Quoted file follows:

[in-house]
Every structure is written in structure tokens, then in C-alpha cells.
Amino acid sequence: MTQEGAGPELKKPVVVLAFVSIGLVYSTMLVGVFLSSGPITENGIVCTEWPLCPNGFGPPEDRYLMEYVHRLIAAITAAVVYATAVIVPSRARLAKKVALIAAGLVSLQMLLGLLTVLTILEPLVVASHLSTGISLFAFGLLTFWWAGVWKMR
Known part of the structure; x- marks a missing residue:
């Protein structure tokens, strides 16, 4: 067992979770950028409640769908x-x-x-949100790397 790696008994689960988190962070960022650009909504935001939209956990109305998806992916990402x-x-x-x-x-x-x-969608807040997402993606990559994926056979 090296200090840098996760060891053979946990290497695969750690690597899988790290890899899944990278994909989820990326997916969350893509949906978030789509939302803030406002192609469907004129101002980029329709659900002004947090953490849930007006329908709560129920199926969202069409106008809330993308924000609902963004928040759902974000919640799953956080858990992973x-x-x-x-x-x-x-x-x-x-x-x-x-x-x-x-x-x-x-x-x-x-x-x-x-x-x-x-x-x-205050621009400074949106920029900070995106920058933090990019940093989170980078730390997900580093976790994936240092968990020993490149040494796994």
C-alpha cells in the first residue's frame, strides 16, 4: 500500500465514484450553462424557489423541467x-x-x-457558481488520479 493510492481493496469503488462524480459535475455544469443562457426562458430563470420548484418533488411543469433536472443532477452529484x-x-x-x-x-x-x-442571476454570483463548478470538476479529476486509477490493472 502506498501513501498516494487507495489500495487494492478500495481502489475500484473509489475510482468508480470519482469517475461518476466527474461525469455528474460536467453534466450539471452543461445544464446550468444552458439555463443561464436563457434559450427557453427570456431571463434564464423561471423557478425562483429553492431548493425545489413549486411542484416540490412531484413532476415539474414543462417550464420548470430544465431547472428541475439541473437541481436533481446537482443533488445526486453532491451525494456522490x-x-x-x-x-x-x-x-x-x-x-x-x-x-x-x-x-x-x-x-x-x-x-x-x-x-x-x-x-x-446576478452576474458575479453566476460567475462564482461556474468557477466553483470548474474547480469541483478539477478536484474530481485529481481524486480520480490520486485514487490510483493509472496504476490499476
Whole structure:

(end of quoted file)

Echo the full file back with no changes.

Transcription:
[in-house]
Every structure is written in structure tokens, then in C-alpha cells.
Amino acid sequence: MTQEGAGPELKKPVVVLAFVSIGLVYSTMLVGVFLSSGPITENGIVCTEWPLCPNGFGPPEDRYLMEYVHRLIAAITAAVVYATAVIVPSRARLAKKVALIAAGLVSLQMLLGLLTVLTILEPLVVASHLSTGISLFAFGLLTFWWAGVWKMR
Known part of the structure; x- marks a missing residue:
């Protein structure tokens, strides 16, 4: 067992979770950028409640769908x-x-x-949100790397 790696008994689960988190962070960022650009909504935001939209956990109305998806992916990402x-x-x-x-x-x-x-969608807040997402993606990559994926056979 090296200090840098996760060891053979946990290497695969750690690597899988790290890899899944990278994909989820990326997916969350893509949906978030789509939302803030406002192609469907004129101002980029329709659900002004947090953490849930007006329908709560129920199926969202069409106008809330993308924000609902963004928040759902974000919640799953956080858990992973x-x-x-x-x-x-x-x-x-x-x-x-x-x-x-x-x-x-x-x-x-x-x-x-x-x-x-x-x-x-205050621009400074949106920029900070995106920058933090990019940093989170980078730390997900580093976790994936240092968990020993490149040494796994």
C-alpha cells in the first residue's frame, strides 16, 4: 500500500465514484450553462424557489423541467x-x-x-457558481488520479 493510492481493496469503488462524480459535475455544469443562457426562458430563470420548484418533488411543469433536472443532477452529484x-x-x-x-x-x-x-442571476454570483463548478470538476479529476486509477490493472 502506498501513501498516494487507495489500495487494492478500495481502489475500484473509489475510482468508480470519482469517475461518476466527474461525469455528474460536467453534466450539471452543461445544464446550468444552458439555463443561464436563457434559450427557453427570456431571463434564464423561471423557478425562483429553492431548493425545489413549486411542484416540490412531484413532476415539474414543462417550464420548470430544465431547472428541475439541473437541481436533481446537482443533488445526486453532491451525494456522490x-x-x-x-x-x-x-x-x-x-x-x-x-x-x-x-x-x-x-x-x-x-x-x-x-x-x-x-x-x-446576478452576474458575479453566476460567475462564482461556474468557477466553483470548474474547480469541483478539477478536484474530481485529481481524486480520480490520486485514487490510483493509472496504476490499476
Whole structure: